Author, convert and survivor speaks on what she hopes from Francis, and why she's sticking with the Church.
If you are a man or woman who was sexually abused as a child, Dawn Eden Goldstein wants “you to know you are not alone, you are not forgotten, and you have more friends in heaven than you realize.”
Goldstein, assistant professor and chair of online undergraduate theology, writes this in her book, My Peace I Give You: Healing Sexual Wounds with the Help of the Saints.
Goldstein, who was also abused as a child and is a convert to Catholicism, talks in an interview about the current crisis in the Church and questions she’s been asking and resources she’s been sharing (these are excerpts from a longer e-mail exchange).
Kathryn Jean Lopez: How on earth did you manage to come into the Catholic Church during the last round of abuse scandals?
Dawn Eden Goldstein: I grew up in a Reform Jewish household but fell into agnosticism in my late teens and became a rock-music historian in New York City. In 1999, I encountered the love of Jesus Christ and became a nondenominational Christian.
Although I hoped to find a church where I could have community, I intended to be anything but Catholic. My perception of the Catholic Church was influenced by Christians close to me who told me that many Catholic teachings, particularly those that concerned the Eucharist and devotion to the saints, were “unbiblical.”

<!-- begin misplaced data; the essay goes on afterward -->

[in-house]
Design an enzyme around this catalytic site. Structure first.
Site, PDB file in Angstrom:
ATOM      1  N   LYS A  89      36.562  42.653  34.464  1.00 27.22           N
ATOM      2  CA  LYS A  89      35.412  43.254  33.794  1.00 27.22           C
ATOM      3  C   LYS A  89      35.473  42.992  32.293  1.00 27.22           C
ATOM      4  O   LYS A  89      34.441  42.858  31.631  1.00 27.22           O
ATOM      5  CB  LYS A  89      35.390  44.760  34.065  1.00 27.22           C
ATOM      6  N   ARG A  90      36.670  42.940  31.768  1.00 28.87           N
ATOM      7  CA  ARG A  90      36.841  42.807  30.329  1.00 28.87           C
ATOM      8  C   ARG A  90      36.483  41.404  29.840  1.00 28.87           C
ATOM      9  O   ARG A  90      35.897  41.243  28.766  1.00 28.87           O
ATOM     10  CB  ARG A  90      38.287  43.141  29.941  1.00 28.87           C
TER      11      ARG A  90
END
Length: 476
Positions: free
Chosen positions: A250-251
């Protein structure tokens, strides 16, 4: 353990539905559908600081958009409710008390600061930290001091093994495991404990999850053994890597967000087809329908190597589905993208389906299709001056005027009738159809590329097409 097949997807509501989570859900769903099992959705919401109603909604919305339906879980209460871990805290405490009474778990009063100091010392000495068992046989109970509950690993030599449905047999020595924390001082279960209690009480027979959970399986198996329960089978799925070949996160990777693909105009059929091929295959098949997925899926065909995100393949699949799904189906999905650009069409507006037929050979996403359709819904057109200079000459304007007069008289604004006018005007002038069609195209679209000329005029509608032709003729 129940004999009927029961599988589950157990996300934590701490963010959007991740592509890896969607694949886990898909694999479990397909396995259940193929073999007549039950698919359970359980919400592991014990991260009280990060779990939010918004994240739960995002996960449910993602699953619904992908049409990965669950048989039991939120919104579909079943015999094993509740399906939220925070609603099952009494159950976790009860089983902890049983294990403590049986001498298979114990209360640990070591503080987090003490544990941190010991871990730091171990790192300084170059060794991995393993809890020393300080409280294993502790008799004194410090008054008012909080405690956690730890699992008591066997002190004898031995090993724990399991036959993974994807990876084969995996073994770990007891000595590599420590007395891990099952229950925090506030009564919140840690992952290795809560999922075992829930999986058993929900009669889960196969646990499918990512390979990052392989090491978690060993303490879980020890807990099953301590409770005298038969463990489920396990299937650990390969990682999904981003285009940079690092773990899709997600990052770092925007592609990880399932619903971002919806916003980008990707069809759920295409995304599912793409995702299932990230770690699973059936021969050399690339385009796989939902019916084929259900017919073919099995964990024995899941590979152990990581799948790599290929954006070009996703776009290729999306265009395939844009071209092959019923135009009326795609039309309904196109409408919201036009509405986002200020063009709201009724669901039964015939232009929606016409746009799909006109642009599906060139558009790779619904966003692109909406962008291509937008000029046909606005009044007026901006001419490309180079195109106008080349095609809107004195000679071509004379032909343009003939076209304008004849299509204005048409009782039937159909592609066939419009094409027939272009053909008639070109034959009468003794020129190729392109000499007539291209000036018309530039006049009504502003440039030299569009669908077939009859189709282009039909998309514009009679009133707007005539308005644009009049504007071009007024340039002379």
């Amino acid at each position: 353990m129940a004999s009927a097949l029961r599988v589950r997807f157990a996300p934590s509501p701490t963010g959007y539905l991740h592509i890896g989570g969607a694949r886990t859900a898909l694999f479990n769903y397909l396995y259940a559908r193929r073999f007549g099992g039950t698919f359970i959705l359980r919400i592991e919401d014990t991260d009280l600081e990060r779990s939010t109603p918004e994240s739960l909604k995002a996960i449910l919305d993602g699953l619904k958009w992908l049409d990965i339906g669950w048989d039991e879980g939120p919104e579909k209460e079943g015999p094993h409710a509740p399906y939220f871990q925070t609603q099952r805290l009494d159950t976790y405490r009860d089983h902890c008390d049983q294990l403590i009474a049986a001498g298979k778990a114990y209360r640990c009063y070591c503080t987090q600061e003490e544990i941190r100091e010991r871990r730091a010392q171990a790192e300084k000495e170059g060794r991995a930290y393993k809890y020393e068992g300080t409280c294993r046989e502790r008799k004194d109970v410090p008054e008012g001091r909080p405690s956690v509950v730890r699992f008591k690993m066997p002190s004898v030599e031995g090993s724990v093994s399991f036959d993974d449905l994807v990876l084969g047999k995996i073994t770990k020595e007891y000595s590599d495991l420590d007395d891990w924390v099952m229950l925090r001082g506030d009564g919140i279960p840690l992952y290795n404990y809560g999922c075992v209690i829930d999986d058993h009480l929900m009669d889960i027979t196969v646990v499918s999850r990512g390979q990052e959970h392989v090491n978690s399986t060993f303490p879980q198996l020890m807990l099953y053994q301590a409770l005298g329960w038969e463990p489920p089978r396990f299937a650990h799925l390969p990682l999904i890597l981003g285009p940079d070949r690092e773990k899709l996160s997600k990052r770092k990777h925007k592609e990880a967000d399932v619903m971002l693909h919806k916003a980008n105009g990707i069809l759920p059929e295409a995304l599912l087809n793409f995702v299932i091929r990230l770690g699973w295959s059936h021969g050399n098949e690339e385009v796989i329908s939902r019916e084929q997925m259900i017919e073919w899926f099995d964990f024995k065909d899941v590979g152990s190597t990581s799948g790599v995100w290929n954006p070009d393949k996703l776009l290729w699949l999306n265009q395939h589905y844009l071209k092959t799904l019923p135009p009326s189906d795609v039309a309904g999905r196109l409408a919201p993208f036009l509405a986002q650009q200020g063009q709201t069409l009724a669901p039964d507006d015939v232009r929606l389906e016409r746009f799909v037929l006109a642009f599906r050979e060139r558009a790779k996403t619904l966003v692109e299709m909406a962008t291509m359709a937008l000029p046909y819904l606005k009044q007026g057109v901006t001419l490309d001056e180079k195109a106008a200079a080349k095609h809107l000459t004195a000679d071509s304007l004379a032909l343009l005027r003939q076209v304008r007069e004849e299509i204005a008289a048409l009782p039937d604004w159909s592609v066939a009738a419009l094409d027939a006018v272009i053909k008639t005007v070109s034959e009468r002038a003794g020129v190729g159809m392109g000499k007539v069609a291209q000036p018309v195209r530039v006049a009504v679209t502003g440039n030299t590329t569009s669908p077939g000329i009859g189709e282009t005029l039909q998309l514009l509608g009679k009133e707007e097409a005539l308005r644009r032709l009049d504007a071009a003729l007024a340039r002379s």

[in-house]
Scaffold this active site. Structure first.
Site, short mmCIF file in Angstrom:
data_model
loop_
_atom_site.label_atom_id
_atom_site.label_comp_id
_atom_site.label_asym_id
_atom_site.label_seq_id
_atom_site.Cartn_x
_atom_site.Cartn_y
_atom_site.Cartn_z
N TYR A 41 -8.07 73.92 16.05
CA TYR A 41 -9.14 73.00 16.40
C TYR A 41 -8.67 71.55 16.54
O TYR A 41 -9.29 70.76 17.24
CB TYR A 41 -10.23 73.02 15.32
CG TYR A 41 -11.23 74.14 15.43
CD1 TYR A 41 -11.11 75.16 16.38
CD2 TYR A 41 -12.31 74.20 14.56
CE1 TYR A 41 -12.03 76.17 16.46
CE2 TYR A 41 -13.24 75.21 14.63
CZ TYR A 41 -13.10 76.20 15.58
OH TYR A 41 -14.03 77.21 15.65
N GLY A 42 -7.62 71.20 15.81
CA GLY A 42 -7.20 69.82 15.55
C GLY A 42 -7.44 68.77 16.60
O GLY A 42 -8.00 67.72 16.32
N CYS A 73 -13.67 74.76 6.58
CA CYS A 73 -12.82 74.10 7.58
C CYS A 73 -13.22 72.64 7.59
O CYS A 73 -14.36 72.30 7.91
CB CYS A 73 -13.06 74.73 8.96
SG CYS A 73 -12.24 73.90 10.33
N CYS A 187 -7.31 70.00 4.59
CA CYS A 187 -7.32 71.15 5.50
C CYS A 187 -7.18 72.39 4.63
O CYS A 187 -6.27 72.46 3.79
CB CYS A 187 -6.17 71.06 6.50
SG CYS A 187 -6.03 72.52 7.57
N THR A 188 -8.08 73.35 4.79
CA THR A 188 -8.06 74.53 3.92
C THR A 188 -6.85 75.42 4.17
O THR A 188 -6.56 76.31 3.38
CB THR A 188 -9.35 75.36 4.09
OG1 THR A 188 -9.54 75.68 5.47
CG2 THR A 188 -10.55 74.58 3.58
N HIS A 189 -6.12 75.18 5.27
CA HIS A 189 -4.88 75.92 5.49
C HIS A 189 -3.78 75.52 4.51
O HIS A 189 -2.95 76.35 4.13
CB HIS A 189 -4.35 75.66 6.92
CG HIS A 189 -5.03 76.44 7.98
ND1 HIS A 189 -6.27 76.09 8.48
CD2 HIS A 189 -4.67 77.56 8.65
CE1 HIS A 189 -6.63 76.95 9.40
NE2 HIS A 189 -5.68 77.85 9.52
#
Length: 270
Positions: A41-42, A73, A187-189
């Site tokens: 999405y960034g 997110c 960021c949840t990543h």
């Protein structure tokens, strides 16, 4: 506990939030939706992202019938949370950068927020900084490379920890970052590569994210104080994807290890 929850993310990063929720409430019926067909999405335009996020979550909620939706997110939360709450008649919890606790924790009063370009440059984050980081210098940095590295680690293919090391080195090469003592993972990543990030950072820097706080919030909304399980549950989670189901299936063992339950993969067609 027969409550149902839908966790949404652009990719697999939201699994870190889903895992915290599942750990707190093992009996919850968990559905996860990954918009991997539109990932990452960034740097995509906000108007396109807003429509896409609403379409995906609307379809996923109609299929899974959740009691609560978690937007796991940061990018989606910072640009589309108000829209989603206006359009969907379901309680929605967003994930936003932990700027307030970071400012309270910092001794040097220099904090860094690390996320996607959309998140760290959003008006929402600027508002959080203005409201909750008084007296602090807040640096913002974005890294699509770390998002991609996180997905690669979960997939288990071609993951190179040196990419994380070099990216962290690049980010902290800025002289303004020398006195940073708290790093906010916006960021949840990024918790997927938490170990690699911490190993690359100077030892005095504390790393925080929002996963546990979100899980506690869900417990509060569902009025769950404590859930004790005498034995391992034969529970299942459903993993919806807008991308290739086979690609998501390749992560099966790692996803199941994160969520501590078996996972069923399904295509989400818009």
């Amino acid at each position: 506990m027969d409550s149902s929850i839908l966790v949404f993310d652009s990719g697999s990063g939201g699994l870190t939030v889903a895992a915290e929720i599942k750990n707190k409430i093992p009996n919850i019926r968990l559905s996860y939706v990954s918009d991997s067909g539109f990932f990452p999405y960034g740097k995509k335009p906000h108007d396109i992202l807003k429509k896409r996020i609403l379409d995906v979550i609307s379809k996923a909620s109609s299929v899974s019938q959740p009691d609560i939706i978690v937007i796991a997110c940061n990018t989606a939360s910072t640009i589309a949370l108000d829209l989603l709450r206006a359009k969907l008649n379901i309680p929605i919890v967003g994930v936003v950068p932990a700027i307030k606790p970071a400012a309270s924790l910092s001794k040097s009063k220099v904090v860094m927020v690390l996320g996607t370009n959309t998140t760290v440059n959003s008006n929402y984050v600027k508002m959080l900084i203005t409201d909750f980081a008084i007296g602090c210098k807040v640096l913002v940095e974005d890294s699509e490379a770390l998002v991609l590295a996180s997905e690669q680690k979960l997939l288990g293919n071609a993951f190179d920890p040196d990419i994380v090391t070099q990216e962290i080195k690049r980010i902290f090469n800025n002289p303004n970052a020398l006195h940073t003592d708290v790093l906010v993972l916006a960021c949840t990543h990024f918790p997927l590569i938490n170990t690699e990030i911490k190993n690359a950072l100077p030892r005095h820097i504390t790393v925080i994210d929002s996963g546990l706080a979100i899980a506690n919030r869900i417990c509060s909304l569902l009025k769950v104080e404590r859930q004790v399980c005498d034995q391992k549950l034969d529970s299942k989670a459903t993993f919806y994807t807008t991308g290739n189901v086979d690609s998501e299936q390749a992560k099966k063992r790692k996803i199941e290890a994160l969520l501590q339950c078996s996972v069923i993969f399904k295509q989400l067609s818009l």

The scandals that hit in 2002 initially confirmed me in my attitude against the Church. At the time, I did not yet perceive myself as a survivor of childhood sex abuse, even though I was. I knew I had been molested as a child, but, like many victims, suffered from misplaced guilt — believing I had somehow brought the violation upon myself. Nonetheless, my own painful memories made me particularly sensitive to the stories that were surfacing about priests abusing children.
I remember the moment I began to change my mind about Catholicism. It was at a meeting of the New York City G.K. Chesterton Society. Somehow the discussion turned to the scandals, and I made some derisive comment about how Catholics disbelieved the reports of abuse that were then flooding the news media.
To my surprise, the Catholics who were present responded that they were angry about the abuse, angry that such despicable and criminal acts were being perpetrated by their own priests, in their own Church. They didn’t at all want the abuse covered up, as I had assumed. Rather, they wanted it brought into the light so that abusing members of the clergy could be brought to justice and the Church could be purified.
It was when I saw ordinary Catholics who were furious about clergy abuse that I started to consider seriously the Catholic Church’s claim to be the true faith. I entered into full communion with the Church in 2006 and have never looked back.
Lopez: Why won’t you leave now?
Goldstein: I can’t leave the Catholic Church because I know too much.
I know now that Jesus gave the Church the Eucharist. Yes, the Orthodox have it too, but they have it only because they have retained the apostolic succession that properly belongs to the Catholic Church, which is headed by the Successor of Peter.
I know now that my sins are really and truly forgiven when Jesus absolves me through the ministry of a Catholic priest.